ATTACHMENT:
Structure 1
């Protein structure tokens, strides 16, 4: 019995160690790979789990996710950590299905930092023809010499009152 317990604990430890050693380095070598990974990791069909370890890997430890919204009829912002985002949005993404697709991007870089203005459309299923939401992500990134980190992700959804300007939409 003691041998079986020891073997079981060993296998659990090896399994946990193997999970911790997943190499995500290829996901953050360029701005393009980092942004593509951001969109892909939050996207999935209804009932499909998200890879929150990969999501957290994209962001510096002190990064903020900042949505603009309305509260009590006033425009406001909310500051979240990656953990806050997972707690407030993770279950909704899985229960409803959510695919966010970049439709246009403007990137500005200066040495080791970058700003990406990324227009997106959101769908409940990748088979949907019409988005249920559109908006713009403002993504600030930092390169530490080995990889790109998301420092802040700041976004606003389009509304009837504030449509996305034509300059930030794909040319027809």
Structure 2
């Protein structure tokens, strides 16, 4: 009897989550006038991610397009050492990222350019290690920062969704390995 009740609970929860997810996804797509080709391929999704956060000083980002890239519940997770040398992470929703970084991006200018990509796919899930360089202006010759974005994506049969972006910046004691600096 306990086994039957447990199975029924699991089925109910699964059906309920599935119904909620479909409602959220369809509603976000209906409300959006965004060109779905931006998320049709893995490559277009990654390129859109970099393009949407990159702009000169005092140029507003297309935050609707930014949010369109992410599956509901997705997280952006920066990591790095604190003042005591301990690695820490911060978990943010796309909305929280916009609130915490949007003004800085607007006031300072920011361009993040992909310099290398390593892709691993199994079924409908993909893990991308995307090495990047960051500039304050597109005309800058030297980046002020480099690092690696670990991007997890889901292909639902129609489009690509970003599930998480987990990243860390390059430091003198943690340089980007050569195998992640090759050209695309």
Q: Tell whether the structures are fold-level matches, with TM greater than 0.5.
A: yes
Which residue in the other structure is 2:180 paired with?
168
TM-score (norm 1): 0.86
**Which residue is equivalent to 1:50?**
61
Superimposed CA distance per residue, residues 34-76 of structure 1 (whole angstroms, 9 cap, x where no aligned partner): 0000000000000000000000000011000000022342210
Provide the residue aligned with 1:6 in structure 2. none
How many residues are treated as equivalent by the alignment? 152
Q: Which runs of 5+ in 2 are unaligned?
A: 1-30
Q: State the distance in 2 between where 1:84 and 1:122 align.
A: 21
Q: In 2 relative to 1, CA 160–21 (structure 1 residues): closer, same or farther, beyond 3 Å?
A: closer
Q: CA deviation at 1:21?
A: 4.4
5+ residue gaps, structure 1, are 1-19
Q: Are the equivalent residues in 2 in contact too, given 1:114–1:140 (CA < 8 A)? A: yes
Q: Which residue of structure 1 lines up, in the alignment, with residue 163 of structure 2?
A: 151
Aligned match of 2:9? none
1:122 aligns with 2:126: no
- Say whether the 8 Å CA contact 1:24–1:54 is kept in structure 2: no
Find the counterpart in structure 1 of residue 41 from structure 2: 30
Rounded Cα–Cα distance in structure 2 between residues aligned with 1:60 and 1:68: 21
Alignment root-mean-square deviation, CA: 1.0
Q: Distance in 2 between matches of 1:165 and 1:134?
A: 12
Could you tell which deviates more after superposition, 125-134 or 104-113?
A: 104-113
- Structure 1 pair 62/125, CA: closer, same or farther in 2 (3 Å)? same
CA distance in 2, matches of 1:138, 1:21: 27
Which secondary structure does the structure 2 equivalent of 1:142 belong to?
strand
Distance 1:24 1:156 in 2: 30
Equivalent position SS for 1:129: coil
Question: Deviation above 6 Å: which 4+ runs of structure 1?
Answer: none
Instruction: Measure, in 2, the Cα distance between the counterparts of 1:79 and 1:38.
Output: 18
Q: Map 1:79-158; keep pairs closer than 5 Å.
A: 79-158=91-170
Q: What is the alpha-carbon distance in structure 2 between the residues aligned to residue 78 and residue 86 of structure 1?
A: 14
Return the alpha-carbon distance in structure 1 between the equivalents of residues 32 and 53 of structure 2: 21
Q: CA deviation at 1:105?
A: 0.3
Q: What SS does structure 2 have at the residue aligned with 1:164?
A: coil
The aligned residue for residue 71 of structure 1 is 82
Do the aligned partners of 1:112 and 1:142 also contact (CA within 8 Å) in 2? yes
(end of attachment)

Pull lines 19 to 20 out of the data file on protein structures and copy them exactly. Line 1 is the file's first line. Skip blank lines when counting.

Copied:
Q: In 2 relative to 1, CA 160–21 (structure 1 residues): closer, same or farther, beyond 3 Å?
A: closer